What is the tax treatment of gold ETFs? Do I have to pay any long-term capital gains?
— Piyush Sharma
Gains from gold ETFs will have a tax treatment similar to debt mutual funds. Thus, when an investor redeems units of gold ETFs held for more than a year, he is subjected to long-term capital gain tax of 10% without indexation, or 20% with indexation, whichever is lower. On the other hand, if the period of holding is less than a year, the short-term capital gain will be clubbed with the income of the individual investor, to be taxed as per the applicable slab of the investor. However, unlike physical gold, investors in gold ETFs benefit as they do not need to pay wealth tax.
Is it the right time to invest in gilt funds? What all should I look at before investing in them?
— Rajesh Kumar Singh
Gilt mutual funds predominantly invest in government securities of varying maturities. It is a suitable investment vehicle for retail investors to take exposure in government securities, which, otherwise, is not possible due its large ticket-size. However, before picking a gilt fund, you should look at the percentage of its government securities (GSec) exposure.
Though the fund is expected to keep 100% gilt exposure, some funds do move away from their investment mandate and invest in non-GSec papers, thereby increasing the credit risk of the fund, which, ideally, should be zero since sovereign papers are risk-free in nature.
Another important facet is the average maturity of the fund. Funds that invest in long-dated papers would have a high average maturity, increasing the risk for investors. Thus, depending on their investment horizon and risk appetite, investors can choose between short-term and long-term gilt funds. Normally, long-term gilt funds give the best returns when interest rates fall. Thus, the right time to invest in these funds should be based on one’s view on the interest rate direction.
I want to invest in some foreign funds through mutual funds in India. What is the tax treatment and do I have to give KYC?
— Kawal Rana
To Indian investors’ benefit, we do have access to foreign funds through the route of global feeder funds, which are currently being offered by a host of asset management companies. Such global feeder funds are either geographically specific or thematic in nature and provide a nice geographical diversification benefit to an investor’s portfolio. The tax treatment of these global feeder funds depends on its allocation to Indian stocks. Funds that invest at least 65% in Indian stocks and the remaining in international markets are categorised as equity funds. If the above allocation mix is not met, then the global fund would be classified as debt mutual fund for tax treatment. Thus, the long-term gains would be taxed at a flat rate of 10% without indexation, or 20% with indexation. The short-term gains will be added to the investor's income and taxed as per the applicable slab rates. For KYC purpose, investors investing in any category of mutual funds, including foreign mutual funds, have to furnish PAN details, irrespective of the size of their investment.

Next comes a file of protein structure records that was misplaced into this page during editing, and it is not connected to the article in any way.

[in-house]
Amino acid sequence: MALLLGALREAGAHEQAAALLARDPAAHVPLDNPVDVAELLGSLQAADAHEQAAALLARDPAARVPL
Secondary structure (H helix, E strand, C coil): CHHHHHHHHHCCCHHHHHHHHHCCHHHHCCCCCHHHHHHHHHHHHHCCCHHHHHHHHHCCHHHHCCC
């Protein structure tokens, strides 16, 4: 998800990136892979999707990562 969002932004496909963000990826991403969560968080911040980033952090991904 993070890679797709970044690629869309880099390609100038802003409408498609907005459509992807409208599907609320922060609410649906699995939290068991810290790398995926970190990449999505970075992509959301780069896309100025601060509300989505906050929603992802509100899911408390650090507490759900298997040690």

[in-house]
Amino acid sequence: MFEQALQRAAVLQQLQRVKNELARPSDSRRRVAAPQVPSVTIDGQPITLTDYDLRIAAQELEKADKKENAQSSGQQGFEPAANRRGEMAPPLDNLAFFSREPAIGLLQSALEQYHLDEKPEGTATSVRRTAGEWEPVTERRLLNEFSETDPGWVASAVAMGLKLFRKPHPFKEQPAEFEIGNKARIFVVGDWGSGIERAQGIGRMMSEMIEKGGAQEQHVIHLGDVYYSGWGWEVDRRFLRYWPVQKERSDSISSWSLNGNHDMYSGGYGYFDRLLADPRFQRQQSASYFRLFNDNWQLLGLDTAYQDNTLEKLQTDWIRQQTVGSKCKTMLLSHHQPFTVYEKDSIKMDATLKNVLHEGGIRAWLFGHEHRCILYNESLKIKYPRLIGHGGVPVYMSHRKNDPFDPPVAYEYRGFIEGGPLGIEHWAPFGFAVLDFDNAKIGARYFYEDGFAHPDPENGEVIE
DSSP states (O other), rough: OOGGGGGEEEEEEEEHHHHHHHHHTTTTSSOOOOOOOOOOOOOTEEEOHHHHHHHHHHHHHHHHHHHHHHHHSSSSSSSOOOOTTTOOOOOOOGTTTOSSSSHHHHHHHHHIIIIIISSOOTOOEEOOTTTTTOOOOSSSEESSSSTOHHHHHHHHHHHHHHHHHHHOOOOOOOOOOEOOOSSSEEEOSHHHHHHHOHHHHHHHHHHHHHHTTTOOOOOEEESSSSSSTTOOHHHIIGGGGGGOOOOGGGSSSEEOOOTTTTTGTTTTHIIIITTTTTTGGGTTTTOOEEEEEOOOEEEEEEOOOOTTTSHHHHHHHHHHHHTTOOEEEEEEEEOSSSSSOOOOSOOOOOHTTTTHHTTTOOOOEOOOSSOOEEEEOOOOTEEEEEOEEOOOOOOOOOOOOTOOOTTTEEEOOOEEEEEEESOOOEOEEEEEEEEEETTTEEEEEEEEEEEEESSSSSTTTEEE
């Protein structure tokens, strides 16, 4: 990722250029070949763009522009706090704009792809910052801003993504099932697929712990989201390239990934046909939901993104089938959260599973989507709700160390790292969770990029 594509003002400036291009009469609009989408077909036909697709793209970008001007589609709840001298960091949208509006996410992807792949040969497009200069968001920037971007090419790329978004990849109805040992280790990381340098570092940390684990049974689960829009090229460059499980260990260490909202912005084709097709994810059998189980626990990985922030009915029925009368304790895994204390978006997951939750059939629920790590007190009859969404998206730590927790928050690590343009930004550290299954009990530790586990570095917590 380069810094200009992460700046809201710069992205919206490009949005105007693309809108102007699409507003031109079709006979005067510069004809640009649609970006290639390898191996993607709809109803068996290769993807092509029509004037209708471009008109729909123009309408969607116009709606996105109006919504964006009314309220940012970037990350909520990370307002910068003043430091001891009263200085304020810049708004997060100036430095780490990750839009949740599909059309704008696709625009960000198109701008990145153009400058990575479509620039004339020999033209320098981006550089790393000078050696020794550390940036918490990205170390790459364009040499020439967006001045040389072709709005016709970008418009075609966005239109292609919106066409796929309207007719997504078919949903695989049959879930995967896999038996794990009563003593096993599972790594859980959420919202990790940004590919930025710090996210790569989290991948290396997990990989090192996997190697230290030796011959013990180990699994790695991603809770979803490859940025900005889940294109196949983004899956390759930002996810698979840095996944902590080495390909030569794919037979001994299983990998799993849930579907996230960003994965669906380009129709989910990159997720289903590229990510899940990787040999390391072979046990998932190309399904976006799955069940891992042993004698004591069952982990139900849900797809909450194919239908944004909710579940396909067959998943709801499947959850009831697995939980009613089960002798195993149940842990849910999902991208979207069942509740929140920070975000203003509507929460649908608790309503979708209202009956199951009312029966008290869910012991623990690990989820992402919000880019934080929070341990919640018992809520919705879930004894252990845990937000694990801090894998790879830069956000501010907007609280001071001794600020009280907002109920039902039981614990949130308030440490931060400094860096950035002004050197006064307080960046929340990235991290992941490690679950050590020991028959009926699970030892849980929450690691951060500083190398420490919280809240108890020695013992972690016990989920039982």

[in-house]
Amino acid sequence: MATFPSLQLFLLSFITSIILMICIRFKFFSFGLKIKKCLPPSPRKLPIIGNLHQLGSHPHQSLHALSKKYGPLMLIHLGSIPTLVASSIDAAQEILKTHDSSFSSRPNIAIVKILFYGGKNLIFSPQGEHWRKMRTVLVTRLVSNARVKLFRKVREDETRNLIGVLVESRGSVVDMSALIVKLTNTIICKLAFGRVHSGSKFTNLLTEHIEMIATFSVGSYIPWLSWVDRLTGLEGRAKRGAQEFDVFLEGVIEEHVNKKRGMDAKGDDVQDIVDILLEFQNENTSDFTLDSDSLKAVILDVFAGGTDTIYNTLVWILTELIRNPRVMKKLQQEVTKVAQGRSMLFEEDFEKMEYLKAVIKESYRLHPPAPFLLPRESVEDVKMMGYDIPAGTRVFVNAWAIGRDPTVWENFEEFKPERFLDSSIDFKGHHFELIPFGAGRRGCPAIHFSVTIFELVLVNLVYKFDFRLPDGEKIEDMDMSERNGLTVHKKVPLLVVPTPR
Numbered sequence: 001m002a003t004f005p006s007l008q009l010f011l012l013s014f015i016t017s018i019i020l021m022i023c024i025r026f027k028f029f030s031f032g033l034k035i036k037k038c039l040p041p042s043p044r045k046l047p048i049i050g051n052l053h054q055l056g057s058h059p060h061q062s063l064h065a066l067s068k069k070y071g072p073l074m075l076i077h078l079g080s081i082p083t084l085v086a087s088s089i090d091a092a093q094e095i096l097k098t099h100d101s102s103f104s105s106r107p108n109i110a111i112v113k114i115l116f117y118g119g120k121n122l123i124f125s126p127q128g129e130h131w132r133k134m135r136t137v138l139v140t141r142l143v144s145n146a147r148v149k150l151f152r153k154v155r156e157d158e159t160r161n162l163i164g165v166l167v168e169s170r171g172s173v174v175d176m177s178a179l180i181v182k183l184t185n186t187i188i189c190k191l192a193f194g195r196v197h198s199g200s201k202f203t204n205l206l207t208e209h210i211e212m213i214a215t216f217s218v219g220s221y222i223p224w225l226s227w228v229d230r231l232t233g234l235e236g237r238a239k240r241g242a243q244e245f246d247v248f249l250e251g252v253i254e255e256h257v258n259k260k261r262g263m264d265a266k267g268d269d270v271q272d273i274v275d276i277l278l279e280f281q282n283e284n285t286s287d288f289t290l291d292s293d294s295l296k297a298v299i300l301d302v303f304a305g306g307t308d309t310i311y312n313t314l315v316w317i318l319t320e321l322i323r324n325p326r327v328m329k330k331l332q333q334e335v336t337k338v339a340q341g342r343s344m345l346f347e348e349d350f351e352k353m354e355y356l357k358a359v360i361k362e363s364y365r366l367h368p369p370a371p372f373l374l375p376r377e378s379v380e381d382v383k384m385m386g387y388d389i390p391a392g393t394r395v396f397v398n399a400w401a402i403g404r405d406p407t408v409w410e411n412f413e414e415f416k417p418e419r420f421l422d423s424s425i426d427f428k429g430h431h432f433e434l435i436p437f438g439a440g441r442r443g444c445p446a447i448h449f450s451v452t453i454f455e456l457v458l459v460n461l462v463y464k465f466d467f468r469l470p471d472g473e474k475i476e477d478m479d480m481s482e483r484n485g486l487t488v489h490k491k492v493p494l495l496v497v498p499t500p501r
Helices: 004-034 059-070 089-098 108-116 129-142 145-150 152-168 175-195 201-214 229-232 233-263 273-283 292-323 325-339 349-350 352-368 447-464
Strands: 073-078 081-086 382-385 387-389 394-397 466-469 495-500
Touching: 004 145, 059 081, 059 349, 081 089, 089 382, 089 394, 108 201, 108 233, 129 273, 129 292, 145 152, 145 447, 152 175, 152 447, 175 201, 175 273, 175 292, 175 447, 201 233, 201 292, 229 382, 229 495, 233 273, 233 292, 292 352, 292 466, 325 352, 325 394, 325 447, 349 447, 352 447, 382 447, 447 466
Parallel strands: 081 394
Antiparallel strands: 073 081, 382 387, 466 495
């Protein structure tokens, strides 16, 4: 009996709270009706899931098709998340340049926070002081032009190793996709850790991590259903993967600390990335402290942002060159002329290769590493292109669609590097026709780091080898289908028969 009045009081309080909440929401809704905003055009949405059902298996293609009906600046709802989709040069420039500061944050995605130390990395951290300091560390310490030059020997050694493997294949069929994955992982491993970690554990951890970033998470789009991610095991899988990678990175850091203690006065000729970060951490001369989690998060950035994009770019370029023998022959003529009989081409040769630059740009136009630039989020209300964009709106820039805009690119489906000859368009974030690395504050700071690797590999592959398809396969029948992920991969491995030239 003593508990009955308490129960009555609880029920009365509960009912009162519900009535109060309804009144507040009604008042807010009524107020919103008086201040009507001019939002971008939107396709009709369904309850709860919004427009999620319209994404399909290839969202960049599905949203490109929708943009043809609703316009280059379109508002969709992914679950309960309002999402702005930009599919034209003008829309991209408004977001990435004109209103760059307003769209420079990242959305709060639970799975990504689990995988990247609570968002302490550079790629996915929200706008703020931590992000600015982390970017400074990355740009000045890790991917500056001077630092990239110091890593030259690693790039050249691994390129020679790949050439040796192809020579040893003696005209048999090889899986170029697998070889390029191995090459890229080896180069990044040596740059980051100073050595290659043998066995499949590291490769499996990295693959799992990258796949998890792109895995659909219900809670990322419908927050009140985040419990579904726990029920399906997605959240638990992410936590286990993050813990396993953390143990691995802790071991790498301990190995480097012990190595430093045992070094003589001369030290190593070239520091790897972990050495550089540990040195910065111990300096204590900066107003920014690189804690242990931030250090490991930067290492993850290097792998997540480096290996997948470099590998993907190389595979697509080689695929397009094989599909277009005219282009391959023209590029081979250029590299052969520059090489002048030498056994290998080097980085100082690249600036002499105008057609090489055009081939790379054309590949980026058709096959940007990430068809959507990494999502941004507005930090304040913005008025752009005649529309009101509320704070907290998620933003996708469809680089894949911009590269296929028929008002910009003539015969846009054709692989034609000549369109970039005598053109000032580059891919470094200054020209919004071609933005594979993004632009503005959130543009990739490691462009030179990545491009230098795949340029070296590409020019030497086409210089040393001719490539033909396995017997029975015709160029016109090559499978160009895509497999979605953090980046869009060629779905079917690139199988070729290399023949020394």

Can I keep R3 lakh as contingency money in a liquid fund? What should be the duration and how will it be different from fixed deposits?
— Sanjay Bhat
Liquid funds can definitely be used as a good investment avenue to park your contingency fund, as they are considered to be very less risky and are extremely liquid in nature. Liquid funds are a superior alternative to fixed deposits to park contingency money as you are not subjected to any lock-in period, as is the case with fixed deposits. Also, if you stay invested for more than a year, liquid funds are tax-efficient compared to fixed deposits. However, you should keep a good part of the money as liquid cash at home or in a savings account for easy withdrawal.
* The writer is investment analyst, Morningstar India
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